On December 1st 2021, the Transportation Committee considered a motion from Councillor Jeff Leiper to end the use of revert reds on City of Ottawa traffic signals. While the motion did not pass at Committee, it will be considered at City Council on January 26th.
If you have not yet done so, please write to your Councillor to show your support for guaranteeing the green and ending revert reds. Here is what Bike Ottawa had to say to members of Council.
I am writing on behalf of Bike Ottawa to ask you to support the motion being put forward by Councillor Leiper to end the use of red reverts that will be considered at City Council on January 26th. Red reverts pose an unnecessary risk to people using active transportation that can be easily mitigated by guaranteeing a green light once a call has been made by a traffic sensor.
The danger associated with the use of red reverts lies with the unpredictability and the lack of familiarity with them on the part of most people. Simply put, all road users expect that when they have triggered a signal, the light will turn green for them after the other direction changes red. With this expectation, many people on bikes will begin to move forward in anticipation of the light turning green. Should a person on a bike roll off the sensor prematurely, this can lead to a dangerous situation where they are stuck in the intersection as the light turns green again in the cross direction.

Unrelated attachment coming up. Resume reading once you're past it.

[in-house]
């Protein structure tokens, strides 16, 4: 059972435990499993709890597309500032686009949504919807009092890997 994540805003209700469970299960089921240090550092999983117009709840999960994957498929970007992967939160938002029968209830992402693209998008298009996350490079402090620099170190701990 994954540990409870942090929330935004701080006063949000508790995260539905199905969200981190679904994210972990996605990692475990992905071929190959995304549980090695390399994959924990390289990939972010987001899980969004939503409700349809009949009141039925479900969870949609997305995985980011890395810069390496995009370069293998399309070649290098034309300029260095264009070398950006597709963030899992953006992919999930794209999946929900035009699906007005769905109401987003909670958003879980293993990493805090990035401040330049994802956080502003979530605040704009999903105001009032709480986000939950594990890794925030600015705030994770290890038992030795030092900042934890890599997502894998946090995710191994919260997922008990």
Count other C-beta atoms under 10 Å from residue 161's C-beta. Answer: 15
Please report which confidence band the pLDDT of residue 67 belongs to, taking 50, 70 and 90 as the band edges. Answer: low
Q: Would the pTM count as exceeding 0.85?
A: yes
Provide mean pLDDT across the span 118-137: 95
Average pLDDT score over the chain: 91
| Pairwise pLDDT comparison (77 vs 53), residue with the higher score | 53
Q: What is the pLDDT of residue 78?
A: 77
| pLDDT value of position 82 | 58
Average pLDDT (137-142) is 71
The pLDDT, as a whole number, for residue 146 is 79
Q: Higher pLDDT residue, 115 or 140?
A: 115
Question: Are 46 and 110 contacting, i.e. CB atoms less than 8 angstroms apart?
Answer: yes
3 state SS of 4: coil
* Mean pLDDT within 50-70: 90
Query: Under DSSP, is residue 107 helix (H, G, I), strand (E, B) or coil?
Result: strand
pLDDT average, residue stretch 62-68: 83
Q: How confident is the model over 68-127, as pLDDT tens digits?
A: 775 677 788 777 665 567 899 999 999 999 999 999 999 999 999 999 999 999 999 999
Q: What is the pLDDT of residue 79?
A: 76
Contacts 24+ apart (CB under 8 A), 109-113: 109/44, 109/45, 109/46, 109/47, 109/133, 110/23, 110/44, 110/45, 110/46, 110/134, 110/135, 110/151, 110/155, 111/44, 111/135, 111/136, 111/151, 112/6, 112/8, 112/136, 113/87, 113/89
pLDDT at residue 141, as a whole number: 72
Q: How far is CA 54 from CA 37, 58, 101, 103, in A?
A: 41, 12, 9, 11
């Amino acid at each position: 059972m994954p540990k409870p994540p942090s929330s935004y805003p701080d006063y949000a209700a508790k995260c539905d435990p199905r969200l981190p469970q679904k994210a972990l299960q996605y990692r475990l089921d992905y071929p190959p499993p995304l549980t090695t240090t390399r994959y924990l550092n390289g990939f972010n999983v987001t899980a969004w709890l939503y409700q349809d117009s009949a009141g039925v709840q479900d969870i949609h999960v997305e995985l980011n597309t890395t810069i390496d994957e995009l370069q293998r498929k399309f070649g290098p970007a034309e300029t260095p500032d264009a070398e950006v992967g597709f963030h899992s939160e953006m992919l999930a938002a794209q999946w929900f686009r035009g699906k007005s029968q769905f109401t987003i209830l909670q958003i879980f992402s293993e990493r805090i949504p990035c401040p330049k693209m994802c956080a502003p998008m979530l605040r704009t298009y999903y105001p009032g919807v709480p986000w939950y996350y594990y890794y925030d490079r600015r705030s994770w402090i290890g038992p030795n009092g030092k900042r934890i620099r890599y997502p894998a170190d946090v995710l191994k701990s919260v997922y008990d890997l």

At the December 1, 2021 Transportation Committee, some members of the committee raised concerns that by eliminating red reverts on this basis, City Council would be enabling people on bikes to cross intersections against the signal. This is not the case. Such a change could only be made through an amendment to the Highway Traffic Act, which is a provincial responsibility and not included in the motion. Instead, the motion moves that once a call for a green light has been made, the signal changes to green, as all road users regardless of mode would expect.
As the Road Safety Action Plan adopted by City Council in 2020 notes, “there is recognition that a human error on the roadway should not lead to death or serious injury, and that road traffic systems must be designed accordingly.” By eliminating red reverts, Ottawa can show leadership in making streets safer, by implementing this safe systems approach. Not only will this improve safety, it will contribute to making our streets liveable. This is key to encouraging the development of 15-minute neighbourhoods as envisioned by the new Official Plan by making biking a more attractive mode of travel.
I would be glad to discuss any questions or concerns you may have about this issue.
President, Bike Ottawa